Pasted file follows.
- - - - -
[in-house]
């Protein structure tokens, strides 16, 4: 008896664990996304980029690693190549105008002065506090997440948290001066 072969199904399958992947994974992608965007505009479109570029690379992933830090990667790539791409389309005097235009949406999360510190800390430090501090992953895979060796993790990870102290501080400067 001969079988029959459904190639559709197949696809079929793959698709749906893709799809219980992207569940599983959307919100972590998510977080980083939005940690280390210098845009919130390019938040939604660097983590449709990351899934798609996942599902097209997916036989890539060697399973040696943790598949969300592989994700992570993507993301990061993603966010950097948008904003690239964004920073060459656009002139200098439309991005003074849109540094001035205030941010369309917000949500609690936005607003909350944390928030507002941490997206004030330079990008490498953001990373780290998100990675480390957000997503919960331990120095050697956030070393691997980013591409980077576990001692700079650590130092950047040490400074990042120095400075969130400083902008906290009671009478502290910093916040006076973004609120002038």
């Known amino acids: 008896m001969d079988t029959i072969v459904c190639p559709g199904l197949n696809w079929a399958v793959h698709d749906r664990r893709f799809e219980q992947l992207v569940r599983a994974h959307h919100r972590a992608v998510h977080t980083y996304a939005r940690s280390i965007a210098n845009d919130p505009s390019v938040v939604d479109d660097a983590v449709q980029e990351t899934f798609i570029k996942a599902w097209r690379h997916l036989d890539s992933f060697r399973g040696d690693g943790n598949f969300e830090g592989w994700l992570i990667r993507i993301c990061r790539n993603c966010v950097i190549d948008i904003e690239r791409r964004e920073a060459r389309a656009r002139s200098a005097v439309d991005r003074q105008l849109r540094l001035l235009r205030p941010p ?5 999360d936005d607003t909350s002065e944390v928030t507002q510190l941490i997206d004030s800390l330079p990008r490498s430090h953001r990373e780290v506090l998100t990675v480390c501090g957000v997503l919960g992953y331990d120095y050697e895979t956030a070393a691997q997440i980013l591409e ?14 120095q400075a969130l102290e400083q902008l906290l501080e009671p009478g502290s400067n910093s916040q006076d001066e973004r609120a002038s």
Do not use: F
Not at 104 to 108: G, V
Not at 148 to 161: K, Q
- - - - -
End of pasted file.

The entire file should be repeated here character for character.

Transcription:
[in-house]
């Protein structure tokens, strides 16, 4: 008896664990996304980029690693190549105008002065506090997440948290001066 072969199904399958992947994974992608965007505009479109570029690379992933830090990667790539791409389309005097235009949406999360510190800390430090501090992953895979060796993790990870102290501080400067 001969079988029959459904190639559709197949696809079929793959698709749906893709799809219980992207569940599983959307919100972590998510977080980083939005940690280390210098845009919130390019938040939604660097983590449709990351899934798609996942599902097209997916036989890539060697399973040696943790598949969300592989994700992570993507993301990061993603966010950097948008904003690239964004920073060459656009002139200098439309991005003074849109540094001035205030941010369309917000949500609690936005607003909350944390928030507002941490997206004030330079990008490498953001990373780290998100990675480390957000997503919960331990120095050697956030070393691997980013591409980077576990001692700079650590130092950047040490400074990042120095400075969130400083902008906290009671009478502290910093916040006076973004609120002038």
């Known amino acids: 008896m001969d079988t029959i072969v459904c190639p559709g199904l197949n696809w079929a399958v793959h698709d749906r664990r893709f799809e219980q992947l992207v569940r599983a994974h959307h919100r972590a992608v998510h977080t980083y996304a939005r940690s280390i965007a210098n845009d919130p505009s390019v938040v939604d479109d660097a983590v449709q980029e990351t899934f798609i570029k996942a599902w097209r690379h997916l036989d890539s992933f060697r399973g040696d690693g943790n598949f969300e830090g592989w994700l992570i990667r993507i993301c990061r790539n993603c966010v950097i190549d948008i904003e690239r791409r964004e920073a060459r389309a656009r002139s200098a005097v439309d991005r003074q105008l849109r540094l001035l235009r205030p941010p ?5 999360d936005d607003t909350s002065e944390v928030t507002q510190l941490i997206d004030s800390l330079p990008r490498s430090h953001r990373e780290v506090l998100t990675v480390c501090g957000v997503l919960g992953y331990d120095y050697e895979t956030a070393a691997q997440i980013l591409e ?14 120095q400075a969130l102290e400083q902008l906290l501080e009671p009478g502290s400067n910093s916040q006076d001066e973004r609120a002038s």
Do not use: F
Not at 104 to 108: G, V
Not at 148 to 161: K, Q